OTHER NOTES FROM THE MEETING:
After discussion with Peninsula Township attorney Jim Young, it was determined that Trustee Jill Byron should recuse herself from the discussion and voting on The 81. She previously was forced to recuse herself after a judge determined that her “liking” the Facebook page “Save the 81” was a conflict of interest. She can, however, speak as a citizen in the citizen comments portion of the meeting.
Discussion also took place regarding whether Penny Rosi should recuse herself from discussion and voting on The 81, as she had written a letter to the Traverse City Record-Eagle in support of the team of seven candidates running for Peninsula Township office. In the letter, Rosi mentioned that The 81 development special use permit (approved by the Township in August 2015) ignored the Township’s Master Plan “by allowing almost half the natural slopes to be reconfigured (bulldozed), with subsequent removal of nearly 40 percent of natural woodland.” The letter continued, “Years ago, developments such as Port of Old Mission, Eagle’s Landing, The Bluffs and The Woods at Willow Point were developed with respect for the land.”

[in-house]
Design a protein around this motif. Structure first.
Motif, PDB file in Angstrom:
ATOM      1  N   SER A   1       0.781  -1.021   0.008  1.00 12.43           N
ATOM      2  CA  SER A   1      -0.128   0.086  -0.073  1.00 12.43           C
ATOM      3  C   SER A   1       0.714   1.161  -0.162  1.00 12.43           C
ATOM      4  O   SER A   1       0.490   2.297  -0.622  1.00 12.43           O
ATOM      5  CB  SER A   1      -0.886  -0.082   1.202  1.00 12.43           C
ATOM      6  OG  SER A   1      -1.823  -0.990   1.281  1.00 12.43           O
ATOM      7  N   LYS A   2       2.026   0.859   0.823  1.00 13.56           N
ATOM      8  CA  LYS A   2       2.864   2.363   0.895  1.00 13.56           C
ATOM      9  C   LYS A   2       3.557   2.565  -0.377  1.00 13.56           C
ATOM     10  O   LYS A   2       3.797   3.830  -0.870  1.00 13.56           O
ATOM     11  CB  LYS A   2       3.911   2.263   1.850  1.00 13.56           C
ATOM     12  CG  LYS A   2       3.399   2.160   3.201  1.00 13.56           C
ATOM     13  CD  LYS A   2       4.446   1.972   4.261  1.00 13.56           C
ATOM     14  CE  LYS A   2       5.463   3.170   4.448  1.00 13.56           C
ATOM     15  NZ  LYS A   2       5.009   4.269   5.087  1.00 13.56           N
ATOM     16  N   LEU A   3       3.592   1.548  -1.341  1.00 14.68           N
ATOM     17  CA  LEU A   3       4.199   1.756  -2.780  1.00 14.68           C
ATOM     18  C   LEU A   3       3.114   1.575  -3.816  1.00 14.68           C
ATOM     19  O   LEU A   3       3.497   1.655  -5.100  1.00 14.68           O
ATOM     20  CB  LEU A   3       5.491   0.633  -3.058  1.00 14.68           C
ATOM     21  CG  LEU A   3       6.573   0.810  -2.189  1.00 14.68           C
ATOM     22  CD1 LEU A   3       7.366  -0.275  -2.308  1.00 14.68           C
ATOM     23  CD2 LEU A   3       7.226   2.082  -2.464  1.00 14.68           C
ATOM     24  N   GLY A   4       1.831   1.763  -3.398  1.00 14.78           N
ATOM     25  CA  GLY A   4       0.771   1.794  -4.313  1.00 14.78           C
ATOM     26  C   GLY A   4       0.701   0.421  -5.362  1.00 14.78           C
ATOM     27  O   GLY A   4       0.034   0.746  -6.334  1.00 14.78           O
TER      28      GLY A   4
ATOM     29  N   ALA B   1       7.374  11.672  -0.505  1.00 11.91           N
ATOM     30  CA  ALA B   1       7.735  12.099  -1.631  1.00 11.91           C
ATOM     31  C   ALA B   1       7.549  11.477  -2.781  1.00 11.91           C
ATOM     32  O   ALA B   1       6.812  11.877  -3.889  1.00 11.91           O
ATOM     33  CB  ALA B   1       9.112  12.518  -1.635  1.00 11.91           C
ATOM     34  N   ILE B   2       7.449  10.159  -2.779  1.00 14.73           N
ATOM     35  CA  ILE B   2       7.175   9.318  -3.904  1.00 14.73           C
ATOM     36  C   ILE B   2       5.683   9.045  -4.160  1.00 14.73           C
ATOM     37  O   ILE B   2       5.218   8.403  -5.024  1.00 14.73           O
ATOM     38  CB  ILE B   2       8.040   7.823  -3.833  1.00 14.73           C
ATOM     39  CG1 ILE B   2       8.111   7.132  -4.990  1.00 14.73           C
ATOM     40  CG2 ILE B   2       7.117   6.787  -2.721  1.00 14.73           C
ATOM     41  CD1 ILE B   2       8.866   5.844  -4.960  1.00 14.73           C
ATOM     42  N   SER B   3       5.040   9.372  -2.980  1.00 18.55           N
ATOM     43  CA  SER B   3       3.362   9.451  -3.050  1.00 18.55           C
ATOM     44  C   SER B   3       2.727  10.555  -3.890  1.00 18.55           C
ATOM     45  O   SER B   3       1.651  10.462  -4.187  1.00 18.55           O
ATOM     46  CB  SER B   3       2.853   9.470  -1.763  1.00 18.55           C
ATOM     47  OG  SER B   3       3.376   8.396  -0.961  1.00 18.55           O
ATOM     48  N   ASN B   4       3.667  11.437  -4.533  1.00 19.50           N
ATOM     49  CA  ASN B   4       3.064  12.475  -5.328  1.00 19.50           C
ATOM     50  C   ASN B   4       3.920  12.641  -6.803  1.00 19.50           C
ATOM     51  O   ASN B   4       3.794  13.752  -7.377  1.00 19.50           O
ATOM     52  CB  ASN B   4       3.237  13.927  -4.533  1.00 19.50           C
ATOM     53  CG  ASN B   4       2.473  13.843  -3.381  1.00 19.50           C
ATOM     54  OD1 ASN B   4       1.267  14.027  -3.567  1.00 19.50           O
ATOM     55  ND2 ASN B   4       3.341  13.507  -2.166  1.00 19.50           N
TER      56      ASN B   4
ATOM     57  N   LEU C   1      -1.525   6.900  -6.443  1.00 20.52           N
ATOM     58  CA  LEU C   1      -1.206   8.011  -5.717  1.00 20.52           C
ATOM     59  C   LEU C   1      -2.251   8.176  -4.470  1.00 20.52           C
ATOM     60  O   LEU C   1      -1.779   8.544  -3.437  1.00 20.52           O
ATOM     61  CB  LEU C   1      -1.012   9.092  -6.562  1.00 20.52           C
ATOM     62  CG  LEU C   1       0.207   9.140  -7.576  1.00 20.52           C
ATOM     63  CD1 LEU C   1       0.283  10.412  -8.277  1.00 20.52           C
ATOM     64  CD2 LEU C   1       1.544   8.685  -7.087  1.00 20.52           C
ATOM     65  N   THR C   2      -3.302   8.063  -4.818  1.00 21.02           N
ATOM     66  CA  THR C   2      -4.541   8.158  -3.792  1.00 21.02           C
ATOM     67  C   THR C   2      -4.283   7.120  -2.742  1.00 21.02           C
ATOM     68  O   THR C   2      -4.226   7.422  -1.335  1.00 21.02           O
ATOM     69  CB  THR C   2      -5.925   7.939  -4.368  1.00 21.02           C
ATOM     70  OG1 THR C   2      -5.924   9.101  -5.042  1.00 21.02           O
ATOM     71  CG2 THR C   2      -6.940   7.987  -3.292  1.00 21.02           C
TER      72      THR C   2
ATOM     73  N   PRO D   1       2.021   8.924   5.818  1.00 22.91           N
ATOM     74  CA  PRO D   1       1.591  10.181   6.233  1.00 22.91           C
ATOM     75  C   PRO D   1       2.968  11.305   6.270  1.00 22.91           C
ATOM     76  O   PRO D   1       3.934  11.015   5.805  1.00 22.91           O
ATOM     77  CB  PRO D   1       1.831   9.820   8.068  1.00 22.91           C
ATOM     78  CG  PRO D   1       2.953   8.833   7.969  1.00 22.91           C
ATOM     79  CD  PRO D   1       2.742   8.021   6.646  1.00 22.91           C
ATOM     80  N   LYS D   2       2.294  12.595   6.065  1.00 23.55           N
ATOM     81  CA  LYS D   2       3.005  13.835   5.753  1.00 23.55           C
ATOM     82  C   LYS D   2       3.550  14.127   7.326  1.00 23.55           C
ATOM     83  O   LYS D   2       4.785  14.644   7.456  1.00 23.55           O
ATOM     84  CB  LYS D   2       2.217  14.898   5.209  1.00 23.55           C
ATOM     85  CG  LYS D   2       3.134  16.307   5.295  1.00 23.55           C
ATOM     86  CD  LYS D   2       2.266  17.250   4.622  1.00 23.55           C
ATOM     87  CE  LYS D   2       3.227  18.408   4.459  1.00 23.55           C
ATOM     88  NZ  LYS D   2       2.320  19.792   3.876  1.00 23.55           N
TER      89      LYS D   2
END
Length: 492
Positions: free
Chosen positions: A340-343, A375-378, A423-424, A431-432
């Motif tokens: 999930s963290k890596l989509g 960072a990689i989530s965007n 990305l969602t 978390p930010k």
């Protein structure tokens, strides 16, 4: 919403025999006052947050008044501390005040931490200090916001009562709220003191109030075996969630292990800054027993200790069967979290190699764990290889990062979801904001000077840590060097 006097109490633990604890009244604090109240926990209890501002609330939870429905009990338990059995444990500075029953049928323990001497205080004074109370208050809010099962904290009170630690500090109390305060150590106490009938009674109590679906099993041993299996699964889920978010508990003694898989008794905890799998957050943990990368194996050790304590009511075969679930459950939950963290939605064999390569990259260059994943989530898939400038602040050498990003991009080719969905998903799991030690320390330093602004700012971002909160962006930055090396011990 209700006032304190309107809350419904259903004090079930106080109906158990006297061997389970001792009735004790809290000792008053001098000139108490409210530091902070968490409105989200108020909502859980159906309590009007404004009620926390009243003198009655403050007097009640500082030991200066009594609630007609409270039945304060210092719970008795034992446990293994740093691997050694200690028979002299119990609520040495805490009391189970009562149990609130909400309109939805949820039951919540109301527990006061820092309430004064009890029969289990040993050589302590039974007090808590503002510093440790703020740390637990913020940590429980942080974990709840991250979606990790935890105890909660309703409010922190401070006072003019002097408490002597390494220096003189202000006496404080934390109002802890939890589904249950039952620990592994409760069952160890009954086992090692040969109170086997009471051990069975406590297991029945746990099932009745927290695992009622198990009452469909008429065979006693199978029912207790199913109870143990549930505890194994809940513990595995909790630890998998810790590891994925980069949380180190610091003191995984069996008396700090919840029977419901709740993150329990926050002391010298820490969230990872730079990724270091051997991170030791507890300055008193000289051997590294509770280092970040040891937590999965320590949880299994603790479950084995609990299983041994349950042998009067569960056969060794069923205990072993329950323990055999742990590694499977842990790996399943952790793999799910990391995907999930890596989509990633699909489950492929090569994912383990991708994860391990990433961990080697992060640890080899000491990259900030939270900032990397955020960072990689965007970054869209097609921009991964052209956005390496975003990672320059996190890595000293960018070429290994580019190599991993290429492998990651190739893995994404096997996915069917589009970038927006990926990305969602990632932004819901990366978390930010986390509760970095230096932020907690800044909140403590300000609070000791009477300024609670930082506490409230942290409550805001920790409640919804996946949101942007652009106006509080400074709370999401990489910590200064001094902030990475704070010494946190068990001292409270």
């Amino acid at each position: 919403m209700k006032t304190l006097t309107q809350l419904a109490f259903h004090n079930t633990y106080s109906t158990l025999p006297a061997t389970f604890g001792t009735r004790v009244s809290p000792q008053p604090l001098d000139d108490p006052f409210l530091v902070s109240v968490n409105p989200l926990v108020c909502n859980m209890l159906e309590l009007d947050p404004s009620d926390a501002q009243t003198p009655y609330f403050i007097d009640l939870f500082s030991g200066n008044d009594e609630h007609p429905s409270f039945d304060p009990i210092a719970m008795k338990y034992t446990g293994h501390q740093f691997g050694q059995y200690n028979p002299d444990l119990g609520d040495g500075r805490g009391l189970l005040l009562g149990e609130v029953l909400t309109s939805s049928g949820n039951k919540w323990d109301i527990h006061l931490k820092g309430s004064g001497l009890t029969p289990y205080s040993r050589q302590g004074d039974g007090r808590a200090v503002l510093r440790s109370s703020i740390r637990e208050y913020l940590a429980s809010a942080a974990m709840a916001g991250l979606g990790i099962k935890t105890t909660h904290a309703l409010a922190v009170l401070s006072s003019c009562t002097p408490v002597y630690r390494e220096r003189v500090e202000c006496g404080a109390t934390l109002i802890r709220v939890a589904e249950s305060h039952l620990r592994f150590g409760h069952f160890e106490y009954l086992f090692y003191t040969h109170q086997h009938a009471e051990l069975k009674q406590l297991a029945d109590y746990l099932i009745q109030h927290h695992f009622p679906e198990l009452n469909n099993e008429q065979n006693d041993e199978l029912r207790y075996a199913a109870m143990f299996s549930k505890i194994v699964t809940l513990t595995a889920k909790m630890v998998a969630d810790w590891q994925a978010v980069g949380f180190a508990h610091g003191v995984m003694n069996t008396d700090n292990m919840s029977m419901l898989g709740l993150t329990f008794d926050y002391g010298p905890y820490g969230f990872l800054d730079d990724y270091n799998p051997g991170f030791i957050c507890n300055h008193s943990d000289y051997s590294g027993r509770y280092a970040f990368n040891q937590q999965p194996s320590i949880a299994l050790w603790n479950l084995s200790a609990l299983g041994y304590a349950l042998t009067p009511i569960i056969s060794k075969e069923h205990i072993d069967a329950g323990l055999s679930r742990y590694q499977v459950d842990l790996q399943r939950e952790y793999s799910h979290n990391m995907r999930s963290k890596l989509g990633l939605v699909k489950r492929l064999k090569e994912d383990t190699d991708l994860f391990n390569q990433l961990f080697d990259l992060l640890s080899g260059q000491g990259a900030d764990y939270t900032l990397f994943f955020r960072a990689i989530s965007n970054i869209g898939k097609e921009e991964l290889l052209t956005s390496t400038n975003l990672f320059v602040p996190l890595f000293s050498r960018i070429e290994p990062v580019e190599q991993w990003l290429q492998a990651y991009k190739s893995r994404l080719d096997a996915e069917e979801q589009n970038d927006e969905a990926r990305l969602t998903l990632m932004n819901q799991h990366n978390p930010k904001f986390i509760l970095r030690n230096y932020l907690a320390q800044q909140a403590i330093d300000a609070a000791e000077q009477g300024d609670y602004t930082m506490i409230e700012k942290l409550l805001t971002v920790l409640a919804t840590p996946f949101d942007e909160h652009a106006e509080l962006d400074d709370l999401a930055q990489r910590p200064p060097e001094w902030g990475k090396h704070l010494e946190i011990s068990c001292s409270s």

Settles had questioned whether Rosi was able to separate herself from her negative vote that occurred a year ago when The 81 PUD was approved by the Township Board. “I think that we’re moving on,” said Rosi. “We’ve moved past the beginning of this whole project … I feel strongly that I can look at the issues in terms of the final resolution on how we’re going to make this project work, and so I would like to not recuse myself.”